Former policeman, British citizen Peter Fouche, now a combat medic in Ukraine’s army, calls on the West to give Ukraine weapons now, or find themselves using those weapons soon.



Euromaidan Press


Last week, an emotional video with a combat medic saying he is ashamed to be a Westerner and calling on Western governments to give Ukraine what it needs to win lest it is exterminated made rounds on social media.

Despite early claims, Peter Fouche, originally from South Africa, is not with the International Legion, a unit for foreigners who want to join the Ukrainian Army, but with the Armed Forces of Ukraine. He became a combat medic despite an initial aversion to blood, runs the charity Project Konstantin (part of our Verified Ways to Help the Army list), which conducts casualty evacuations and procures ambulances for frontline medics, and says that if Western nations don’t give Ukraine the weapons it needs yesterday, they better keep them for themselves.

Here is a shortened text version of our interview:

What compelled you to join the Ukrainian Army?

I’m a father and an ex-policeman. At the beginning of the full-scale invasion, I was in London, my mother had come from South Africa to visit. I saw the news of children being murdered [in Ukraine] on TV. As a father, my protective instincts kicked in. I shouted, “Mom, I’m going to Ukraine.” That was my driving reason: to protect the children of Ukraine so no more parents have to go through the pain of losing a child.

How old are you? Do you have kids?

I’m 49, and my daughter is 15 years old.

Do you have any personal connection to Ukraine?

No, not at all. Although I have developed a saying, “Yesterday I was a Brit, today I am a Ukrainian.” I love your country, I love your culture, and your incredible peaceful soulful connection. It’s in the way you cook, you speak, you sing. I think I’ve been connected to Ukraine since long before I was born.

Where are you serving, if that’s safe to tell?

I have to be vague about it. I’m in the East, outside of Bakhmut somewhere.

What is your daily job? How long have you been doing it?

I’m a medical instructor and a combat medic. The biggest part of my job is casualty evacuation: rescuing wounded soldiers from zero and evacuating them to safety.

And also arranging supplies of medicine and delivering medical supplies. I’ve only officially been in the Armed Forces of Ukraine (ZSU) for three months. But all my time in Ukraine, I’ve been a volunteer medic. I run the Project Konstantin charity with my co-director Halyna. It’s a frontline medivac volunteer service.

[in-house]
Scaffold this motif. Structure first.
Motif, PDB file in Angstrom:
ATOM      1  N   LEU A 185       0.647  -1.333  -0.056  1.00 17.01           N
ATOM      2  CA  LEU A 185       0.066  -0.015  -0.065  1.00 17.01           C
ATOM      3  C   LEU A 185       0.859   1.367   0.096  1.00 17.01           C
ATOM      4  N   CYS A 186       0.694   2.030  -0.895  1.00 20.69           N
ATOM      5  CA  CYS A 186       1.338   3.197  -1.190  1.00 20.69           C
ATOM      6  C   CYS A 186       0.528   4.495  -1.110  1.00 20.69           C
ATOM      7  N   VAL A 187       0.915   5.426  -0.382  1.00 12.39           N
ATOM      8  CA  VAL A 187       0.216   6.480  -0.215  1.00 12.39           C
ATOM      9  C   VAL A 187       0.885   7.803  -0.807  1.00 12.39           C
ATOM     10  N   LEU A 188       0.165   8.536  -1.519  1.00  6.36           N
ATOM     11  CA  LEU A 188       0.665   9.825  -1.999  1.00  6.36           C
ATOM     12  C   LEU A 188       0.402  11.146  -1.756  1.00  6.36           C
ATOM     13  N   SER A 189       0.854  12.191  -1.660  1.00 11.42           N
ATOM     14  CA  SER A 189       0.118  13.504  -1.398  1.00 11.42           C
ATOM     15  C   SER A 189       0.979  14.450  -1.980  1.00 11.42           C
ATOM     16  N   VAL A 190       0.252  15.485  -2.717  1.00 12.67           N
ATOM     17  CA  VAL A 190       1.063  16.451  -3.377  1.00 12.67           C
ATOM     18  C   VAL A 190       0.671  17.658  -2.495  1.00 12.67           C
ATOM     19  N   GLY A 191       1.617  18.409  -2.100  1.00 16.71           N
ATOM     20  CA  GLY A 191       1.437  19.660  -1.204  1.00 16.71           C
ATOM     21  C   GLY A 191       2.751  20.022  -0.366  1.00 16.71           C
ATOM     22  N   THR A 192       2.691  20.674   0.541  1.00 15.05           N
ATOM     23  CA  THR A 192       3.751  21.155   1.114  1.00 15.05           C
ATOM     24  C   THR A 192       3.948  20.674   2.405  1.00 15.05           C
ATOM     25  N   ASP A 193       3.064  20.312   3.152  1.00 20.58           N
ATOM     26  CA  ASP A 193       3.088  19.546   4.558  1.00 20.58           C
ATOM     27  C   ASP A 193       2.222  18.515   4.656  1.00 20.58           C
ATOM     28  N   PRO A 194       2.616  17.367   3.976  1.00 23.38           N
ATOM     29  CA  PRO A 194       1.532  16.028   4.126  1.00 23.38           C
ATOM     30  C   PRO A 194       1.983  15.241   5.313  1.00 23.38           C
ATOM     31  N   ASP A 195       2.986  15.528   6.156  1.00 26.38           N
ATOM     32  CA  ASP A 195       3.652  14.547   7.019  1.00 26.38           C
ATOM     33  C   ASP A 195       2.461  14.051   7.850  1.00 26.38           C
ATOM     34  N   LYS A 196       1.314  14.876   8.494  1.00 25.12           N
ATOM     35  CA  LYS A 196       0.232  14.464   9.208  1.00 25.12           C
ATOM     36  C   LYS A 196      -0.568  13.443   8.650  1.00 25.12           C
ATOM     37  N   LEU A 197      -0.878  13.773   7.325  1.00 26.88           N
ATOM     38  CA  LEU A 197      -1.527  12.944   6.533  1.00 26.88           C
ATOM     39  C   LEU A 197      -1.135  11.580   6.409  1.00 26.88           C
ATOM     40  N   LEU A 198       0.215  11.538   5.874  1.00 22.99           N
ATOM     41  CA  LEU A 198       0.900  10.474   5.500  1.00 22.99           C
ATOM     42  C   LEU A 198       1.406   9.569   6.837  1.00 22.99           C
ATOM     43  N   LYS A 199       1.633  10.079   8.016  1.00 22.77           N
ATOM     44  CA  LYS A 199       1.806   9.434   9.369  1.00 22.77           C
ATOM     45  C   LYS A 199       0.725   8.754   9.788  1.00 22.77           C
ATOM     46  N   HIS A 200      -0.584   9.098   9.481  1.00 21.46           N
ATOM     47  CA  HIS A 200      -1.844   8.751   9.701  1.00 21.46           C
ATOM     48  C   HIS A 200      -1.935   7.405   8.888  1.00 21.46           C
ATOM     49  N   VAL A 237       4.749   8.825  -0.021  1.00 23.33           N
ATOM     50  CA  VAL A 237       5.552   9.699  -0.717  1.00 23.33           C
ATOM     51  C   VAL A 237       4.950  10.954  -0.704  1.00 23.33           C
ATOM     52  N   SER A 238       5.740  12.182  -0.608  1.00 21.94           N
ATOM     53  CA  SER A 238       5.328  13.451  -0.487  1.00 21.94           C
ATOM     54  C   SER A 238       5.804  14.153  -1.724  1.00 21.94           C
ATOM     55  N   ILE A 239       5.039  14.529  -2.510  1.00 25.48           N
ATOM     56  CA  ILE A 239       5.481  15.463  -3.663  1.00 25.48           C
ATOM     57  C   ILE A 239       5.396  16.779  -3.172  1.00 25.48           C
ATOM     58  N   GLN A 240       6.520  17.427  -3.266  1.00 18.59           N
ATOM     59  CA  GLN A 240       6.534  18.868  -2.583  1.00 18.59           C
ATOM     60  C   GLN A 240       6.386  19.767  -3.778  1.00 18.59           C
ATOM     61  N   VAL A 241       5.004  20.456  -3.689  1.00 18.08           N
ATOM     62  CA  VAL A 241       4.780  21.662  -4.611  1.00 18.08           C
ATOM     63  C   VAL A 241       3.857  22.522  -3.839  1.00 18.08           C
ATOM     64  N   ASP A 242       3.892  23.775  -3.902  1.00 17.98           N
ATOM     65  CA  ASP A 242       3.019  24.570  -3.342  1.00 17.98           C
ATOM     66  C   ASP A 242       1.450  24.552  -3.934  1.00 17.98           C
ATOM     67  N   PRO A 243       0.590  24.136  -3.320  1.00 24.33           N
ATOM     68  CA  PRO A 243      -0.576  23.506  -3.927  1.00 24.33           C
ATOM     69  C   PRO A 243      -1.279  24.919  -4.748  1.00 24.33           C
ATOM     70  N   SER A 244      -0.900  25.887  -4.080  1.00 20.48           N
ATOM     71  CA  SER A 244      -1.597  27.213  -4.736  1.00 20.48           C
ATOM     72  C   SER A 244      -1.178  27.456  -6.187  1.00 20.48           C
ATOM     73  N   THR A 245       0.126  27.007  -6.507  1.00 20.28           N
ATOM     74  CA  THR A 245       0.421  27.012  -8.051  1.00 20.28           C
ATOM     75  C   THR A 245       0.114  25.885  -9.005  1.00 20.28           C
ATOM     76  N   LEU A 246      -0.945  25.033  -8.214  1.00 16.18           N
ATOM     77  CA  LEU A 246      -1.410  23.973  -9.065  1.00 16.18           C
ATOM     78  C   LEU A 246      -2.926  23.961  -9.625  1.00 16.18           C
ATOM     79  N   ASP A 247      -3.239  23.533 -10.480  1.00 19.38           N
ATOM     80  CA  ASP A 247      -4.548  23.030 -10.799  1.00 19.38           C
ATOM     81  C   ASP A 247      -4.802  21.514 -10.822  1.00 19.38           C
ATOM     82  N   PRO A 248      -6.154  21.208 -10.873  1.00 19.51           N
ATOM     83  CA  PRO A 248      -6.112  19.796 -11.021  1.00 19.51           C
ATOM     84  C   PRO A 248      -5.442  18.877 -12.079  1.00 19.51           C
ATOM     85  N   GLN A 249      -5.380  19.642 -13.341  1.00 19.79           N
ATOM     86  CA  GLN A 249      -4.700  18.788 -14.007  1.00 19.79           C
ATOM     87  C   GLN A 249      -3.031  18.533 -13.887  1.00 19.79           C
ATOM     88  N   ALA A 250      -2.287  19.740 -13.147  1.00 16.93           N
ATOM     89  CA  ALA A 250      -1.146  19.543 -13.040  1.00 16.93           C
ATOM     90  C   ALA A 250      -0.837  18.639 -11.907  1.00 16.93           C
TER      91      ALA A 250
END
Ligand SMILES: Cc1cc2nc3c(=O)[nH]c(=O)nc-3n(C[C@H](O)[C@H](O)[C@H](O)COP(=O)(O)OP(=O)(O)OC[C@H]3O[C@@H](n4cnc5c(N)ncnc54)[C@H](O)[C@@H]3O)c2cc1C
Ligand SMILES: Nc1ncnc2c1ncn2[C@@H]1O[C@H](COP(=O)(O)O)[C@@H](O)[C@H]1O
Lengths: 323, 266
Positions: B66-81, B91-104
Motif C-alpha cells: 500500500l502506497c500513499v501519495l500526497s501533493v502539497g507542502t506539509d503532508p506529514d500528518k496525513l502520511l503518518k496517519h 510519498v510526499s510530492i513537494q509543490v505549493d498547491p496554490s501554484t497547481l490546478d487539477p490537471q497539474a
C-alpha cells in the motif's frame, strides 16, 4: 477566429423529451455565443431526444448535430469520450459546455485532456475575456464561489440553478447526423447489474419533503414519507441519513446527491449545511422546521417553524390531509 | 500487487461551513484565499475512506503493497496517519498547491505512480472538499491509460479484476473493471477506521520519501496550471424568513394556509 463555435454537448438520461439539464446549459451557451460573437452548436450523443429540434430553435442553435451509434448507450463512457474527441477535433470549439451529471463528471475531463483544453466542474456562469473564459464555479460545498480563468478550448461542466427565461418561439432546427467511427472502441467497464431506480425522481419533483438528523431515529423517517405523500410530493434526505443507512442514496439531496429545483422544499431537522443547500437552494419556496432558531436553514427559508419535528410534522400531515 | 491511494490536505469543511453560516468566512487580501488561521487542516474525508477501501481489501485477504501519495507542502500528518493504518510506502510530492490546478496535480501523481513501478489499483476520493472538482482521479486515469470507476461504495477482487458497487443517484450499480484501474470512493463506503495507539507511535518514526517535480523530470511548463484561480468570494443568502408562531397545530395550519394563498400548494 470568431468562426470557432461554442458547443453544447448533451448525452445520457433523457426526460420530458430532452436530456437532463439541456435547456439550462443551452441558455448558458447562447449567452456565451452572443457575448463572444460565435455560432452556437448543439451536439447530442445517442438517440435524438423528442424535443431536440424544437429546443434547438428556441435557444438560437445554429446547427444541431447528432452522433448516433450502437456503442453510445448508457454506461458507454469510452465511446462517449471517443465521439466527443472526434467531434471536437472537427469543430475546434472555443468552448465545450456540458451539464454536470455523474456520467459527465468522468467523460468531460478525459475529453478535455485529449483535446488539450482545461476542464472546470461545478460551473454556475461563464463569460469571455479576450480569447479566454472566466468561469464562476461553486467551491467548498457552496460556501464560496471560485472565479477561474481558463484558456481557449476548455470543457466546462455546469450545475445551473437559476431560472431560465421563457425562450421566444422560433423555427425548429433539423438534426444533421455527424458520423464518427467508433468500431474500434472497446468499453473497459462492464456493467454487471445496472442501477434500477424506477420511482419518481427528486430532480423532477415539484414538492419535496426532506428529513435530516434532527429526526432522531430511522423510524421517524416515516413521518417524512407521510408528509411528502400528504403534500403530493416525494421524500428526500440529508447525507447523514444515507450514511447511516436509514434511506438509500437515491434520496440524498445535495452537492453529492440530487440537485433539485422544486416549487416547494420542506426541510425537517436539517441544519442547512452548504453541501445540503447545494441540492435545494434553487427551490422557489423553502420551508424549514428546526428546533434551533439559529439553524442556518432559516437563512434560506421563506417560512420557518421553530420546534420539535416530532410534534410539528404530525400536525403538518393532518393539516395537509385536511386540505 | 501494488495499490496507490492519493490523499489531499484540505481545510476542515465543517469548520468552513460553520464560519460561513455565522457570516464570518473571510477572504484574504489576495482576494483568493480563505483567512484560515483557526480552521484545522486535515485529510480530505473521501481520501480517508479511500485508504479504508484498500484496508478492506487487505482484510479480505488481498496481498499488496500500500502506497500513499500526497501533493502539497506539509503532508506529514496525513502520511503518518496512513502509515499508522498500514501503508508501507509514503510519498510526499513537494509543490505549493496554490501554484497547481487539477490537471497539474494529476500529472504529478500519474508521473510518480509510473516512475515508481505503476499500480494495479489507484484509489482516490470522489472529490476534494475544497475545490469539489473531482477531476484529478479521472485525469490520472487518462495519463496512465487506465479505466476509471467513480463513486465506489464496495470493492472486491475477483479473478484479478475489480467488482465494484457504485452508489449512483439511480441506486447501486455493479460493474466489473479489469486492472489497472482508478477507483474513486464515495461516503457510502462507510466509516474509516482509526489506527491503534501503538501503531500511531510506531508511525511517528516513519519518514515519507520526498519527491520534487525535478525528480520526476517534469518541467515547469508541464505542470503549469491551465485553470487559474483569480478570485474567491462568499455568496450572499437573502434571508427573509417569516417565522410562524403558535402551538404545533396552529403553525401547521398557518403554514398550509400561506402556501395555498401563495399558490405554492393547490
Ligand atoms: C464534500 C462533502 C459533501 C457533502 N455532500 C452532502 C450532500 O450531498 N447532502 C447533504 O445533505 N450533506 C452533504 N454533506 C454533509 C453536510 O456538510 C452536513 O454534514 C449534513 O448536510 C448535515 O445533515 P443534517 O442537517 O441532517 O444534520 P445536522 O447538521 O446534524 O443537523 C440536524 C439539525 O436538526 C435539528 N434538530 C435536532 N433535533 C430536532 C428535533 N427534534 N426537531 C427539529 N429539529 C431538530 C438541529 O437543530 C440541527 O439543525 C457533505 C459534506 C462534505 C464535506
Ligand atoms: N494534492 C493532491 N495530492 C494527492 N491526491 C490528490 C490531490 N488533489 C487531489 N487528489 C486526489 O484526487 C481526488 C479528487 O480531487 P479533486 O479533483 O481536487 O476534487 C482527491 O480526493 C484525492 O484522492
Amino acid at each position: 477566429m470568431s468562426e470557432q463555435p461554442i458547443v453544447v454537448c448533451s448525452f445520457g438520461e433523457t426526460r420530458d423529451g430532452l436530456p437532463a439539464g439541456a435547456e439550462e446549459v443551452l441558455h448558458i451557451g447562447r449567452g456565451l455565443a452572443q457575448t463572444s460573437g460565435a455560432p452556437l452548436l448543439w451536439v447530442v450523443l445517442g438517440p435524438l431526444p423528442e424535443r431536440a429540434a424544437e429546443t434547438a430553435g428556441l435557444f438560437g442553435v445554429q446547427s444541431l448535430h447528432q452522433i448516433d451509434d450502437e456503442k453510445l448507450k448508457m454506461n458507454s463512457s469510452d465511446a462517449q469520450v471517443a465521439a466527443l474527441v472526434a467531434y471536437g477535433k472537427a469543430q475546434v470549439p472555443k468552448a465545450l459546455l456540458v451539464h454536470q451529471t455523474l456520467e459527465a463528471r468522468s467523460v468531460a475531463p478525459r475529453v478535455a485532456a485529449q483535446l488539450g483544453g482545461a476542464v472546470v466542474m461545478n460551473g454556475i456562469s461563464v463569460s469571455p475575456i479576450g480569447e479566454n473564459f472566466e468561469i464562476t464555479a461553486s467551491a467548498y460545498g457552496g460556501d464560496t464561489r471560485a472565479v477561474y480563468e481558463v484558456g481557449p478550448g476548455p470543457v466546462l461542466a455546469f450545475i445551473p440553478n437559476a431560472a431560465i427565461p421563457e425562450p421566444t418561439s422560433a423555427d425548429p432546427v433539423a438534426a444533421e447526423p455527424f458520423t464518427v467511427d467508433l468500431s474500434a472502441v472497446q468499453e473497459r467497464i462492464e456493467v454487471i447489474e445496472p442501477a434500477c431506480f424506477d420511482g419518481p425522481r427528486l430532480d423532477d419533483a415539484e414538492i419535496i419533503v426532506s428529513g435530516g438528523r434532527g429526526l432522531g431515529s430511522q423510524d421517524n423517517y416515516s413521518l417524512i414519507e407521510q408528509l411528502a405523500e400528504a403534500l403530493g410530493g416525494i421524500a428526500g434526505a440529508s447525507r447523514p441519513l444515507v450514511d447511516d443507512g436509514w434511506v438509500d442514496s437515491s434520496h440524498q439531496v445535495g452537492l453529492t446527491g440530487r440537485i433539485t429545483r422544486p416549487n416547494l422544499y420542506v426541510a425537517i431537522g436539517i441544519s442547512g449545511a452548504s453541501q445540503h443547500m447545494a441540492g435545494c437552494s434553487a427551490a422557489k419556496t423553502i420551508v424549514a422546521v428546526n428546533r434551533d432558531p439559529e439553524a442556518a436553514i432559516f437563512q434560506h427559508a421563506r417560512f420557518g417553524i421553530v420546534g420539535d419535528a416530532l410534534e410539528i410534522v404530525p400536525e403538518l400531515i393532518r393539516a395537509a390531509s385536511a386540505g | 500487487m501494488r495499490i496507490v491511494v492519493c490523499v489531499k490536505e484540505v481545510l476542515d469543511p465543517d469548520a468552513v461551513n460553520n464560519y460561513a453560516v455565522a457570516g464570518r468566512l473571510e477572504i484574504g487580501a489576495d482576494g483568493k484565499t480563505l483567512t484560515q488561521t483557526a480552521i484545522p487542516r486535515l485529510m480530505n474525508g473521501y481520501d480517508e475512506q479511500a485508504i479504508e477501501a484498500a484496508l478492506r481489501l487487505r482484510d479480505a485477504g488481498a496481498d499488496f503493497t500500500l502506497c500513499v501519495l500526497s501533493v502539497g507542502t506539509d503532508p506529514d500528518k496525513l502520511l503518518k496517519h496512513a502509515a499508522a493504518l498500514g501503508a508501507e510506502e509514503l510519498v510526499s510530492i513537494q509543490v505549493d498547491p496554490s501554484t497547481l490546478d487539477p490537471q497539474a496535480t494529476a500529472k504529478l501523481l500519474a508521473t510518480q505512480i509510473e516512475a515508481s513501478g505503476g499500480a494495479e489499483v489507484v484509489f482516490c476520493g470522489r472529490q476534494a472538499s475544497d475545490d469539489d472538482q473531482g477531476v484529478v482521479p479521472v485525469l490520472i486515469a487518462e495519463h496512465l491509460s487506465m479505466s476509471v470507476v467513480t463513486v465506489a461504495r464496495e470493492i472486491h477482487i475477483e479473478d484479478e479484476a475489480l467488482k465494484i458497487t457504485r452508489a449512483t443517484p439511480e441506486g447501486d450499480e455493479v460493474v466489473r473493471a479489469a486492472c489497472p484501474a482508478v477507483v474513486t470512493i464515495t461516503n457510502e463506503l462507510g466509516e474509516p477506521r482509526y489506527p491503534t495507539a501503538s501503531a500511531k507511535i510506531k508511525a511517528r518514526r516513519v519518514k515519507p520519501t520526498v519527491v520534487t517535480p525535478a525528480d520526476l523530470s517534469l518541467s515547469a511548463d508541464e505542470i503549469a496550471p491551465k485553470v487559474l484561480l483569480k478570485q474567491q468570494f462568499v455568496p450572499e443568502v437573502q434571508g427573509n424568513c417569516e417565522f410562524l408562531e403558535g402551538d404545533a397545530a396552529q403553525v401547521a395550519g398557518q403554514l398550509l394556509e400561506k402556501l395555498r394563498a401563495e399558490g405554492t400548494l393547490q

For a year and a half, before I joined the army, we were evacuating soldiers out of Bakhmut and Kreminna Forest. I got a lot of medical experience there. And then the army invited me to join.

Project Konstantin continues to provide vehicles, Starlinks, generators, Blanchetta, Google tablets, and medical supplies, of course. So I’m a medic by day, raising supplies for ZSU by night.

Did you have any medical experience before coming to Ukraine?

None whatsoever. I was scared of blood, the most squeamish person you could ever imagine. I was a cab driver in London when my brother died in a tragic motorcycle accident in South Africa.

I thought: “I want to be a medic and save people who are in desperate need.”

I went to spend a day with the London Ambulance but ran home after the first sign of blood. And then Ukraine happened. I joined the Territorial Defense at the beginning of the war. I got two sessions of TCCC combat life safety training in the foyer of the hotel of Khreschatyk in Kyiv, totaling about five hours. Not long after, they handed me the keys to an ambulance and a rifle and said, off to Sievierodonetsk you go. And the rest is history.

How do you treat the soldiers when you evacuate them from the battlefield? What’s your daily life like?

Two to three medics usually live on duty in a bunker. We have Starlink and radio connections to the outside world. We get a call or hear the broadcast on the radio that somebody’s been injured and prepare.

As soon as the combat medics on zero evacuate a wounded soldier, they bring him to me and the Project Konstantin volunteers. We stabilize him, rapidly transport him into a waiting 4×4, and evacuate him further from the front while continuing to work on him.

We will hand him to paramedics with more equipment in a road ambulance 10-15 kilometers away. They can further stabilize him and then deliver him into the hands of surgeons at nearby stabilization points.

So you treat the soldiers right in this van that you’re sitting in right now?

Yes, the seats are removed. There’s one seat where the medic sits, but it’s an open vehicle at the back, so you can throw in a stretcher. Project Konstantin is constantly fundraising for vehicles like this.